Zeolites are no longer a challenge: Atomic resolution data by Aberration-corrected STEM

Alvaro Mayoral, Paul Anderson, Isabel Diaz

Research output: Contribution to journalArticlepeer-review

18 Citations (Scopus)
463 Downloads (Pure)


Transmission electron microscopy is undoubtedly an indispensable tool for materials characterization, which can currently reach sub-angstrom resolution down to the elemental building blocks of matter, isolated single atoms of most elements. In addition to the phenomenal image resolution, if the material is strong enough, it can be accompanied with chemical information, converting electron microscopy into a unique method for the analysis of a great variety of materials. Unfortunately, extracting all this valuable information is not simple as most materials in one way or another are affected by the strong and localized electron beam. Radiolysis is one kind of reaction between electrons and matter than can cause irreversible structural transformations in our materials. This effect is the predominant factor in zeolites, zeotypes and the majority of molecular sieves. In the present work some results, taken at high voltage (300 kV) and minimizing the exposure to the beam, are presented proving the feasibility of the technique to obtain unprecedented atomic resolution information of different zeolites and microporous solids.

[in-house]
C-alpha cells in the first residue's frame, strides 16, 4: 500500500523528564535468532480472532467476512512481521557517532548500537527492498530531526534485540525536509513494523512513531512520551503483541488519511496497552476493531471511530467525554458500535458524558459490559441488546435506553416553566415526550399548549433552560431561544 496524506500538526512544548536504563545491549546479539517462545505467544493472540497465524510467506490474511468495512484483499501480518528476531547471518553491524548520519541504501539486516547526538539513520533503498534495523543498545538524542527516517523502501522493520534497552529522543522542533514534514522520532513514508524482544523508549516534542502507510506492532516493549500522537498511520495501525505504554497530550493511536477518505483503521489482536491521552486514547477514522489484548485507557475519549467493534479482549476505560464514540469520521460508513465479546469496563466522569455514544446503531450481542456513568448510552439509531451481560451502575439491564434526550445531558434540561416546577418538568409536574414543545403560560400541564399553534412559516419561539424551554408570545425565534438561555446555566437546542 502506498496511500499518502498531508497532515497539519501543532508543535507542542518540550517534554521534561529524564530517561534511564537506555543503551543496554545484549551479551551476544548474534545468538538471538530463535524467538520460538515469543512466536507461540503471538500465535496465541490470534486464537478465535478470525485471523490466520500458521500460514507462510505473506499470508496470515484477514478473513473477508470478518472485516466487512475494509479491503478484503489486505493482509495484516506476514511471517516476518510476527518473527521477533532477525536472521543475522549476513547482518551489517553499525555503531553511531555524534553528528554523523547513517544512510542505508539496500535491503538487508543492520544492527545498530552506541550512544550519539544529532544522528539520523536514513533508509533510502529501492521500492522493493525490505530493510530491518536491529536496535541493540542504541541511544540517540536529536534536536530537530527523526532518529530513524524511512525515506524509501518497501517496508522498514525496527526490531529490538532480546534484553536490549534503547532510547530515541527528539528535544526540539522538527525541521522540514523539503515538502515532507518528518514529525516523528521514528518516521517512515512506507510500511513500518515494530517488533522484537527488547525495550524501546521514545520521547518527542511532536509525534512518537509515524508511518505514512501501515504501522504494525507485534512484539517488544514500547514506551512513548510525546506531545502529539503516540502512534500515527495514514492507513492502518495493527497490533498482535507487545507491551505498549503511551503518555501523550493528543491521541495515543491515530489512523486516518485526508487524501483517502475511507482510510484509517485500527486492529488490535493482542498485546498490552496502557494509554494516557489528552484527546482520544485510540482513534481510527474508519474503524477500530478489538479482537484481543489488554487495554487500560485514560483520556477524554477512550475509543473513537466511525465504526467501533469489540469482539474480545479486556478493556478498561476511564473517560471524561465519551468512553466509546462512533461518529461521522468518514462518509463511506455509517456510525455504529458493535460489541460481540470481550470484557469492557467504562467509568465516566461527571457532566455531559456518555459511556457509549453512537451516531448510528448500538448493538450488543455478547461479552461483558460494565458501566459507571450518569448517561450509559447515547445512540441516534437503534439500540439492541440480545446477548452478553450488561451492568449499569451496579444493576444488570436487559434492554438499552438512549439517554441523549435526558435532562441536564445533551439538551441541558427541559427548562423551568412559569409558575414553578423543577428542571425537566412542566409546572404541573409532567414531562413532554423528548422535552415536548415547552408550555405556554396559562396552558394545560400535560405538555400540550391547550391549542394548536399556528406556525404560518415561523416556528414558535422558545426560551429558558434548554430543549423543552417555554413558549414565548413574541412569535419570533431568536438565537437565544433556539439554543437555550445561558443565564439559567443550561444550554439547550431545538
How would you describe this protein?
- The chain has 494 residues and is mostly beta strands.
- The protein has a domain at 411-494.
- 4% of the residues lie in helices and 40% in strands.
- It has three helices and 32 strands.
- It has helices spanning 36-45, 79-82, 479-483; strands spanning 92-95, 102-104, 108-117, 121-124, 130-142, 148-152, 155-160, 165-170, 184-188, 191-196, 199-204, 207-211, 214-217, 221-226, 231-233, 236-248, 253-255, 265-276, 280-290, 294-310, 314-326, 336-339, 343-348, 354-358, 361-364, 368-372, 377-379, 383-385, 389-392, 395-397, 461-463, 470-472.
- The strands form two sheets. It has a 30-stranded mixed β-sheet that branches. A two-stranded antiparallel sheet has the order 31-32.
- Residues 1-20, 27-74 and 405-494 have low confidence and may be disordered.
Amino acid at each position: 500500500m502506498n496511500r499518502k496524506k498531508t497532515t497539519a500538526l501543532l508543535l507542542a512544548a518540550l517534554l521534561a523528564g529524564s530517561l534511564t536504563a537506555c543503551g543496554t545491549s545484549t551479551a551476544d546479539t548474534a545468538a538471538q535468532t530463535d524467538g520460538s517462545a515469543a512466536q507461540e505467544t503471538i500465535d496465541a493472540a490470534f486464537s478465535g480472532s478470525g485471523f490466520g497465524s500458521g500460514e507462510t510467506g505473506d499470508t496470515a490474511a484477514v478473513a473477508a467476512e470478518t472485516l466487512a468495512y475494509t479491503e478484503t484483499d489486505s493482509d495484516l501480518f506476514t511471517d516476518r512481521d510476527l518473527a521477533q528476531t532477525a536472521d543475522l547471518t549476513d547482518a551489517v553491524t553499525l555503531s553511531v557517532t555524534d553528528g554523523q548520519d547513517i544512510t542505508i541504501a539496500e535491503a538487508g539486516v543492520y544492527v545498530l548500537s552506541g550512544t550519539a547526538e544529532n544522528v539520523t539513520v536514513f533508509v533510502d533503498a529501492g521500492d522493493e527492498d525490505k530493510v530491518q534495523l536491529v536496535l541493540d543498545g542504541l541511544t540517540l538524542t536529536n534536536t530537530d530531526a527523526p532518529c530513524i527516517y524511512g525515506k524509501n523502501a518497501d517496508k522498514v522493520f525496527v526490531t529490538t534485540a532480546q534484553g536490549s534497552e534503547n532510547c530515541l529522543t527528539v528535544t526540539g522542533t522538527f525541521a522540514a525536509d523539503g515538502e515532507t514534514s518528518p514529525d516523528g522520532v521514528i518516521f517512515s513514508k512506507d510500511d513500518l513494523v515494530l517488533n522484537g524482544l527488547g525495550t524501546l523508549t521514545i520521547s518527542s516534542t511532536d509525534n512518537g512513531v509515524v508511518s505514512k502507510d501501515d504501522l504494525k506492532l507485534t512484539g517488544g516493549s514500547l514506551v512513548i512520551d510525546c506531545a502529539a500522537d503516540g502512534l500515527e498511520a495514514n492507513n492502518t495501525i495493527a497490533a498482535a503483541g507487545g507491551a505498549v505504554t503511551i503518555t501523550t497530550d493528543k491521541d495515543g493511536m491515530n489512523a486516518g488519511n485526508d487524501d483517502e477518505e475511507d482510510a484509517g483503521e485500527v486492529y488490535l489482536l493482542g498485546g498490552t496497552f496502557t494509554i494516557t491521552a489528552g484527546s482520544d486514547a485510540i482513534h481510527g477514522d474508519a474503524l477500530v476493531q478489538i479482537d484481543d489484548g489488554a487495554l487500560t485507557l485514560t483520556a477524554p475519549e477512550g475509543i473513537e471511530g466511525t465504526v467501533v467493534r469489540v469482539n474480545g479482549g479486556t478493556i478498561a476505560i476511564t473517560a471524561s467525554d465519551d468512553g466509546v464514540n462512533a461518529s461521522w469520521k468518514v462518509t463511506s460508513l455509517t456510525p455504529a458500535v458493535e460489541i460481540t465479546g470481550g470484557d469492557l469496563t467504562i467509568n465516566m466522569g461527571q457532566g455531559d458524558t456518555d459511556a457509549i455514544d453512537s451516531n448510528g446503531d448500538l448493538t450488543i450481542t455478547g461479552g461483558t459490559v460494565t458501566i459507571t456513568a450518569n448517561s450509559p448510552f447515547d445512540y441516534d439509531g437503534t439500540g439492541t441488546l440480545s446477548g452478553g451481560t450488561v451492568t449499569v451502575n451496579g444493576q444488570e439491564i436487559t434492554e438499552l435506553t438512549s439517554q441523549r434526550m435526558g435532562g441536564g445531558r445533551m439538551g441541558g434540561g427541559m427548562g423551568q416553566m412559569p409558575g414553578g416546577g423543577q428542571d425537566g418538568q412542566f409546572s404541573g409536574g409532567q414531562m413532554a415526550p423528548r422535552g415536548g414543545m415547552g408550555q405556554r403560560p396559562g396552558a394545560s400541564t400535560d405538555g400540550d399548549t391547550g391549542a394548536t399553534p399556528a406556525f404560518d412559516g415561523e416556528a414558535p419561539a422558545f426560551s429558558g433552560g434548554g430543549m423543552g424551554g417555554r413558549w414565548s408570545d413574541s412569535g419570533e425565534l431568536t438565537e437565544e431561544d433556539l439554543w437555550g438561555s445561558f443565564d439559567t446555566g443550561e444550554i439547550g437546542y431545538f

Original languageEnglish
Pages (from-to)146-151
Number of pages6
Early online date2 Jun 2014
Publication statusPublished - 1 Jan 2015


  • aberration-corrected STEM
  • zeolite
  • beam damage
  • radiolysis


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